In conclusion, early modern China’s relationship with the rest of the world was one that grew organically as other powers grew into expansionist empires. Beginning with connections throughout Asia, China only expanded its relationships west when these empires made themselves present within China. Trade was the most critical factor in the relationship between China and its connections. This trade led to the cultural impact affecting people’s morals and ideas through the introduction of Christianity. Also, societal implications when a western commercialised market way of living took over Agrarian China. China despite once being closed off from the rest of the world, only involved in business within Asia. Only expanding its connections once befitting trade opportunities presented themselves.
- Elvin, Mark, The Pattern of the Chinese Past, Stanford, 1973, pp.91-110
- Hansen, Valerie, The Open Empire: A History of China to 1600, New York and London, 2000, pp.369-405
- Hsü, Immanuel C.Y., The Rise of Modern China, 6th edn, Oxford, 2000, pp.19-131
- Mote, F.W., Imperial China 900-1800, Cambridge MA, 1999, espec. pp. 743–75
- Spence, Jonathan D., The Search for Modern China, 2nd edn, New York and London, 1999, espec. pp.7-26
- Wong, Roy Bin, China Transformed: Historical Change and the Limits of European Experience, Ithaca, 1997 Part 1
 Valerie Hansen, The Open Empire: A History of China to 1600, New York and London, 2000, p.372.
 Valerie Hansen, The Open Empire: A History of China to 1600, New York and London, 2000, p.373.
 F.W. Mote, Imperial China 900-1800, Cambridge MA, 1999, p.774.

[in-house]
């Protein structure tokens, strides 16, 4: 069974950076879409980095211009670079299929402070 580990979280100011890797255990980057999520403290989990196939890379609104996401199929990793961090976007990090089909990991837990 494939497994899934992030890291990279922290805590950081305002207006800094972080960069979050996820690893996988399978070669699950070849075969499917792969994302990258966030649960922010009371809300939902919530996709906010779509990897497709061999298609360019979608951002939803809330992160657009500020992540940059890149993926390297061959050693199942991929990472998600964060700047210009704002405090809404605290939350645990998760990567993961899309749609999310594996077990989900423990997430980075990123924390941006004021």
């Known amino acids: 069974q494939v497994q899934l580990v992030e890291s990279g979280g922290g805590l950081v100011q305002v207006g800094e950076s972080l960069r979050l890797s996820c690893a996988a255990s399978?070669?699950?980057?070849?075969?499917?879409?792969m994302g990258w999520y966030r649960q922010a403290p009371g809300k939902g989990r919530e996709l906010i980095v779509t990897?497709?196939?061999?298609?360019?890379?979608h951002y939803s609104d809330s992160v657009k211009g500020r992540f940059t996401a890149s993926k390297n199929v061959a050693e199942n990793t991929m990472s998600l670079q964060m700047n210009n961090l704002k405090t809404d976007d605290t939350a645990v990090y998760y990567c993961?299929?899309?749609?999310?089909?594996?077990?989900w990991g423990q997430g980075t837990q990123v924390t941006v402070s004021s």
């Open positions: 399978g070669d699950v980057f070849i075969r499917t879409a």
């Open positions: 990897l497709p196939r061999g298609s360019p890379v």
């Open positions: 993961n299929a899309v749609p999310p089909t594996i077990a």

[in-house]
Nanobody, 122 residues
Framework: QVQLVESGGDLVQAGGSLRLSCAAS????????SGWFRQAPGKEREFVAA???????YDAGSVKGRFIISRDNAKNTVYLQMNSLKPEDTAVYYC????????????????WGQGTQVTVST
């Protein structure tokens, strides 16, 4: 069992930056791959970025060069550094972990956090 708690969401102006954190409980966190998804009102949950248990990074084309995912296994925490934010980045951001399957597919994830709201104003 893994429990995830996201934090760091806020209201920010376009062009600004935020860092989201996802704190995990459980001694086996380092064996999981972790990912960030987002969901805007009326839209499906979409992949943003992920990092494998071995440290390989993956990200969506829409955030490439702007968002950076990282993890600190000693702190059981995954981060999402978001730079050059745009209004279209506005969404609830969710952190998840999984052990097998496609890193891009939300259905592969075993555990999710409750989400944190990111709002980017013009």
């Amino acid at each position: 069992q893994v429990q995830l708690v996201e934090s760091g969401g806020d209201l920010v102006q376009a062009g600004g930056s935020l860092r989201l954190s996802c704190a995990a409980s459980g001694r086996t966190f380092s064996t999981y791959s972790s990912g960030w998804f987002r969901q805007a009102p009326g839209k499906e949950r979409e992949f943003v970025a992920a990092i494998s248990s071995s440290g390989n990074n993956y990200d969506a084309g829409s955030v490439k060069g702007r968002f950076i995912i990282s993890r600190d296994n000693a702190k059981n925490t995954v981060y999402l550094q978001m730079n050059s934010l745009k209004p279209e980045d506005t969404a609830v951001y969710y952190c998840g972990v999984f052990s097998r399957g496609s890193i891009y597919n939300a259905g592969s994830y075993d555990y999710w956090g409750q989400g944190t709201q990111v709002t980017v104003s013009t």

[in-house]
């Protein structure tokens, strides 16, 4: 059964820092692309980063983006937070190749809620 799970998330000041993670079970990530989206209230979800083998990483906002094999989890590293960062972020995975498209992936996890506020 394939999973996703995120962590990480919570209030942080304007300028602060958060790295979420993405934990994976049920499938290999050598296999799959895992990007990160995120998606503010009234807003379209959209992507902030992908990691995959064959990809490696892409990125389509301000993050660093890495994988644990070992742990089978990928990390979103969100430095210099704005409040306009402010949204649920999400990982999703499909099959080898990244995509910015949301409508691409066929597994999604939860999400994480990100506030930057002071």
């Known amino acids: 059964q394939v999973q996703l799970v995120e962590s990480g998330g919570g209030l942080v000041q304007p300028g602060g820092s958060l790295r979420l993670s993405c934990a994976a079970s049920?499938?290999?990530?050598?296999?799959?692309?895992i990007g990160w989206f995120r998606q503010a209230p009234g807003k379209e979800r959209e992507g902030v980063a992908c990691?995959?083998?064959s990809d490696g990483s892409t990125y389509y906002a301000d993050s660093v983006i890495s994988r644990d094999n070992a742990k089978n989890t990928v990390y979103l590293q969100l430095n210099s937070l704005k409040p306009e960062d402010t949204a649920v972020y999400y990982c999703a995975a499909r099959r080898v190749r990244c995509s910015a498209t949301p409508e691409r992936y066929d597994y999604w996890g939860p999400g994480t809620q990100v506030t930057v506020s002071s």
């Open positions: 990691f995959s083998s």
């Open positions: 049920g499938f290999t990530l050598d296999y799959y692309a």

Valerie Hansen, The Open Empire: A History of China to 1600, New York and London, 2000, p.371.
 Immanuel C.Y. Hsü, The Rise of Modern China, 6th edn, Oxford, 2000, p.31.
 Valerie Hansen, The Open Empire: A History of China to 1600, New York and London, 2000, p.374.
 Jonathan D. Spence, The Search for Modern China, 2nd ed, New York and London, 1999, p.8.
 Roy Bin Wong, China Transformed: Historical Change and the Limits of European Experience, Ithaca, 1997, Part 1, p.65.
 Valerie Hansen, The Open Empire: A History of China to 1600, New York and London, 2000, p.372.
 Valerie Hansen, The Open Empire: A History of China to 1600, New York and London, 2000, p.389.
 F.W. Mote, Imperial China 900-1800, Cambridge MA, 1999, p.766.
 Immanuel C.Y. Hsü, The Rise of Modern China, 6th edn, Oxford, 2000, p.19.
 F.W. Mote, Imperial China 900-1800, Cambridge MA, 1999, p.767.
 F.W. Mote, Imperial China 900-1800, Cambridge MA, 1999, p.770.
 Roy Bin Wong, China Transformed: Historical Change and the Limits of European Experience, Ithaca, 1997, Part 1, p.67.
 Valerie Hansen, The Open Empire: A History of China to 1600, New York and London, 2000, p.371.
 Mark Elvin, The Pattern of the Chinese Past, Stanford, 1973, p.91.
 Valerie Hansen, The Open Empire: A History of China to 1600, New York and London, 2000, p.369.
 Valerie Hansen, The Open Empire: A History of China to 1600, New York and London, 2000, p.387.
 Immanuel C.Y. Hsü, The Rise of Modern China, 6th edn, Oxford, 2000, p.28.